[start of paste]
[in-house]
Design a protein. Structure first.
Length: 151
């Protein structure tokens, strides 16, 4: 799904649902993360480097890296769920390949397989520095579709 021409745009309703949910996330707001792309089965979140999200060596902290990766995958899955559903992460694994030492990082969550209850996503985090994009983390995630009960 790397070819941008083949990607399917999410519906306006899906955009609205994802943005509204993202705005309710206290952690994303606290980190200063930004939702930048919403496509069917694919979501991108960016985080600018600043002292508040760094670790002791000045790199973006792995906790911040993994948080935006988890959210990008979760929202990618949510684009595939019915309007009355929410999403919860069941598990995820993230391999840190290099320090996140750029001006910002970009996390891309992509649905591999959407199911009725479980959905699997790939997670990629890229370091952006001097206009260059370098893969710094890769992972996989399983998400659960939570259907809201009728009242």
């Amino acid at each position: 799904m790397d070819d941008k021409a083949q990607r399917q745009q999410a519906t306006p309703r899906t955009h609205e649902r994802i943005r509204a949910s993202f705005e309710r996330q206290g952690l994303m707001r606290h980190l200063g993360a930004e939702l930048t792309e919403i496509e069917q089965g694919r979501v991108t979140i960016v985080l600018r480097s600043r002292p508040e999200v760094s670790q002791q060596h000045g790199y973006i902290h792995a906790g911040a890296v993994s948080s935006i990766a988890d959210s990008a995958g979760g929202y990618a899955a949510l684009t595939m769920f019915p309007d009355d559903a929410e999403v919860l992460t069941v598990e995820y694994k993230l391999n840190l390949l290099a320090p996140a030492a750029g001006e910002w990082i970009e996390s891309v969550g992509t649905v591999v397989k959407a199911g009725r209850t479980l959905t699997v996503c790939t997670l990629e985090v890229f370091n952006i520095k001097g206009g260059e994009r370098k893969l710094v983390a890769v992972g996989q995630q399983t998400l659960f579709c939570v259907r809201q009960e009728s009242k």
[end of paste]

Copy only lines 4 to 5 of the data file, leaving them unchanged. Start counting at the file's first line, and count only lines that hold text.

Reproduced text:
């Protein structure tokens, strides 16, 4: 799904649902993360480097890296769920390949397989520095579709 021409745009309703949910996330707001792309089965979140999200060596902290990766995958899955559903992460694994030492990082969550209850996503985090994009983390995630009960 790397070819941008083949990607399917999410519906306006899906955009609205994802943005509204993202705005309710206290952690994303606290980190200063930004939702930048919403496509069917694919979501991108960016985080600018600043002292508040760094670790002791000045790199973006792995906790911040993994948080935006988890959210990008979760929202990618949510684009595939019915309007009355929410999403919860069941598990995820993230391999840190290099320090996140750029001006910002970009996390891309992509649905591999959407199911009725479980959905699997790939997670990629890229370091952006001097206009260059370098893969710094890769992972996989399983998400659960939570259907809201009728009242």
């Amino acid at each position: 799904m790397d070819d941008k021409a083949q990607r399917q745009q999410a519906t306006p309703r899906t955009h609205e649902r994802i943005r509204a949910s993202f705005e309710r996330q206290g952690l994303m707001r606290h980190l200063g993360a930004e939702l930048t792309e919403i496509e069917q089965g694919r979501v991108t979140i960016v985080l600018r480097s600043r002292p508040e999200v760094s670790q002791q060596h000045g790199y973006i902290h792995a906790g911040a890296v993994s948080s935006i990766a988890d959210s990008a995958g979760g929202y990618a899955a949510l684009t595939m769920f019915p309007d009355d559903a929410e999403v919860l992460t069941v598990e995820y694994k993230l391999n840190l390949l290099a320090p996140a030492a750029g001006e910002w990082i970009e996390s891309v969550g992509t649905v591999v397989k959407a199911g009725r209850t479980l959905t699997v996503c790939t997670l990629e985090v890229f370091n952006i520095k001097g206009g260059e994009r370098k893969l710094v983390a890769v992972g996989q995630q399983t998400l659960f579709c939570v259907r809201q009960e009728s009242k």